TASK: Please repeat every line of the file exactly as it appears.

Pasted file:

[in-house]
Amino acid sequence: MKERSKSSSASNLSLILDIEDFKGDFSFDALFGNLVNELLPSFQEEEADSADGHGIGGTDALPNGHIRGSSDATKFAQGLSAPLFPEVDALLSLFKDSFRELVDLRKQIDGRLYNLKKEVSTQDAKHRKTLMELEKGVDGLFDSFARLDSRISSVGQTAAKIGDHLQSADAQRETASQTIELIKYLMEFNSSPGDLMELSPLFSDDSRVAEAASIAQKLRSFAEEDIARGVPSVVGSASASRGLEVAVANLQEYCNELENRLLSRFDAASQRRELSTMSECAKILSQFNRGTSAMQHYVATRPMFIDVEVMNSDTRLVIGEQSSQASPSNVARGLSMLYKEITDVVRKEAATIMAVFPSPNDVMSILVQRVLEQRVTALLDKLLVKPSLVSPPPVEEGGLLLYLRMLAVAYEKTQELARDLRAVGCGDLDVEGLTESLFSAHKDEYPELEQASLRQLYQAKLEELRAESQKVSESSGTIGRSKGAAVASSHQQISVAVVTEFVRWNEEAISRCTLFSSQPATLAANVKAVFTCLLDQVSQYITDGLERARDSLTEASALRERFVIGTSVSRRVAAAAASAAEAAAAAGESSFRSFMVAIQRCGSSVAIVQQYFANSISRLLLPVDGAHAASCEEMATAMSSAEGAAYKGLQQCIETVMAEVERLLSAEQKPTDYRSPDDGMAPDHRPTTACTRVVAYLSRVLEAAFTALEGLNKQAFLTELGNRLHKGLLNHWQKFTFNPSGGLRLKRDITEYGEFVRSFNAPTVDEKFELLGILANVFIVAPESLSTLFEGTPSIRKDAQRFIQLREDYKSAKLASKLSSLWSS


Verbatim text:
[in-house]
Amino acid sequence: MKERSKSSSASNLSLILDIEDFKGDFSFDALFGNLVNELLPSFQEEEADSADGHGIGGTDALPNGHIRGSSDATKFAQGLSAPLFPEVDALLSLFKDSFRELVDLRKQIDGRLYNLKKEVSTQDAKHRKTLMELEKGVDGLFDSFARLDSRISSVGQTAAKIGDHLQSADAQRETASQTIELIKYLMEFNSSPGDLMELSPLFSDDSRVAEAASIAQKLRSFAEEDIARGVPSVVGSASASRGLEVAVANLQEYCNELENRLLSRFDAASQRRELSTMSECAKILSQFNRGTSAMQHYVATRPMFIDVEVMNSDTRLVIGEQSSQASPSNVARGLSMLYKEITDVVRKEAATIMAVFPSPNDVMSILVQRVLEQRVTALLDKLLVKPSLVSPPPVEEGGLLLYLRMLAVAYEKTQELARDLRAVGCGDLDVEGLTESLFSAHKDEYPELEQASLRQLYQAKLEELRAESQKVSESSGTIGRSKGAAVASSHQQISVAVVTEFVRWNEEAISRCTLFSSQPATLAANVKAVFTCLLDQVSQYITDGLERARDSLTEASALRERFVIGTSVSRRVAAAAASAAEAAAAAGESSFRSFMVAIQRCGSSVAIVQQYFANSISRLLLPVDGAHAASCEEMATAMSSAEGAAYKGLQQCIETVMAEVERLLSAEQKPTDYRSPDDGMAPDHRPTTACTRVVAYLSRVLEAAFTALEGLNKQAFLTELGNRLHKGLLNHWQKFTFNPSGGLRLKRDITEYGEFVRSFNAPTVDEKFELLGILANVFIVAPESLSTLFEGTPSIRKDAQRFIQLREDYKSAKLASKLSSLWSS